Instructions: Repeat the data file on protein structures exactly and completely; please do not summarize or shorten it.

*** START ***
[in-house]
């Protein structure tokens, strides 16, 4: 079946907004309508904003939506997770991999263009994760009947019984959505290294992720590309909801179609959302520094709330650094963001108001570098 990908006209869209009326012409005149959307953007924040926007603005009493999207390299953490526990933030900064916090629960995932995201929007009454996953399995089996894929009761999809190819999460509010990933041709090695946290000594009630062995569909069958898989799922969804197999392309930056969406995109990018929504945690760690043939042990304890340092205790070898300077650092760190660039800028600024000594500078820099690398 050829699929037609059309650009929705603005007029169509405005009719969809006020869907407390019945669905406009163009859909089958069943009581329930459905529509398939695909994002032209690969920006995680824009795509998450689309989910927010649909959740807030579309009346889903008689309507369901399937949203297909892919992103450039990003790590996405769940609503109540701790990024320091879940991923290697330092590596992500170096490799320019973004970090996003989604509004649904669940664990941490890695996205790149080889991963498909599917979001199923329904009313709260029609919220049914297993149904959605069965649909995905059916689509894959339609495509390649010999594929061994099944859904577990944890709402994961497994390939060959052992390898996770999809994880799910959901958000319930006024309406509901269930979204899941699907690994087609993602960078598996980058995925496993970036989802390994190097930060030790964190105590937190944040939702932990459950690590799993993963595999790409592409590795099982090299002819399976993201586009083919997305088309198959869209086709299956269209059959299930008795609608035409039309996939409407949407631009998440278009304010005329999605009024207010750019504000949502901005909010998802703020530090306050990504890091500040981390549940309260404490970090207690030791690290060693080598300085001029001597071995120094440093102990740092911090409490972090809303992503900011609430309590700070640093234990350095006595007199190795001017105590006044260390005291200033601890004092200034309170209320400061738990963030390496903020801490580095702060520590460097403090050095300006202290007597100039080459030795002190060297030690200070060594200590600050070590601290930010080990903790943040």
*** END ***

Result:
[in-house]
């Protein structure tokens, strides 16, 4: 079946907004309508904003939506997770991999263009994760009947019984959505290294992720590309909801179609959302520094709330650094963001108001570098 990908006209869209009326012409005149959307953007924040926007603005009493999207390299953490526990933030900064916090629960995932995201929007009454996953399995089996894929009761999809190819999460509010990933041709090695946290000594009630062995569909069958898989799922969804197999392309930056969406995109990018929504945690760690043939042990304890340092205790070898300077650092760190660039800028600024000594500078820099690398 050829699929037609059309650009929705603005007029169509405005009719969809006020869907407390019945669905406009163009859909089958069943009581329930459905529509398939695909994002032209690969920006995680824009795509998450689309989910927010649909959740807030579309009346889903008689309507369901399937949203297909892919992103450039990003790590996405769940609503109540701790990024320091879940991923290697330092590596992500170096490799320019973004970090996003989604509004649904669940664990941490890695996205790149080889991963498909599917979001199923329904009313709260029609919220049914297993149904959605069965649909995905059916689509894959339609495509390649010999594929061994099944859904577990944890709402994961497994390939060959052992390898996770999809994880799910959901958000319930006024309406509901269930979204899941699907690994087609993602960078598996980058995925496993970036989802390994190097930060030790964190105590937190944040939702932990459950690590799993993963595999790409592409590795099982090299002819399976993201586009083919997305088309198959869209086709299956269209059959299930008795609608035409039309996939409407949407631009998440278009304010005329999605009024207010750019504000949502901005909010998802703020530090306050990504890091500040981390549940309260404490970090207690030791690290060693080598300085001029001597071995120094440093102990740092911090409490972090809303992503900011609430309590700070640093234990350095006595007199190795001017105590006044260390005291200033601890004092200034309170209320400061738990963030390496903020801490580095702060520590460097403090050095300006202290007597100039080459030795002190060297030690200070060594200590600050070590601290930010080990903790943040």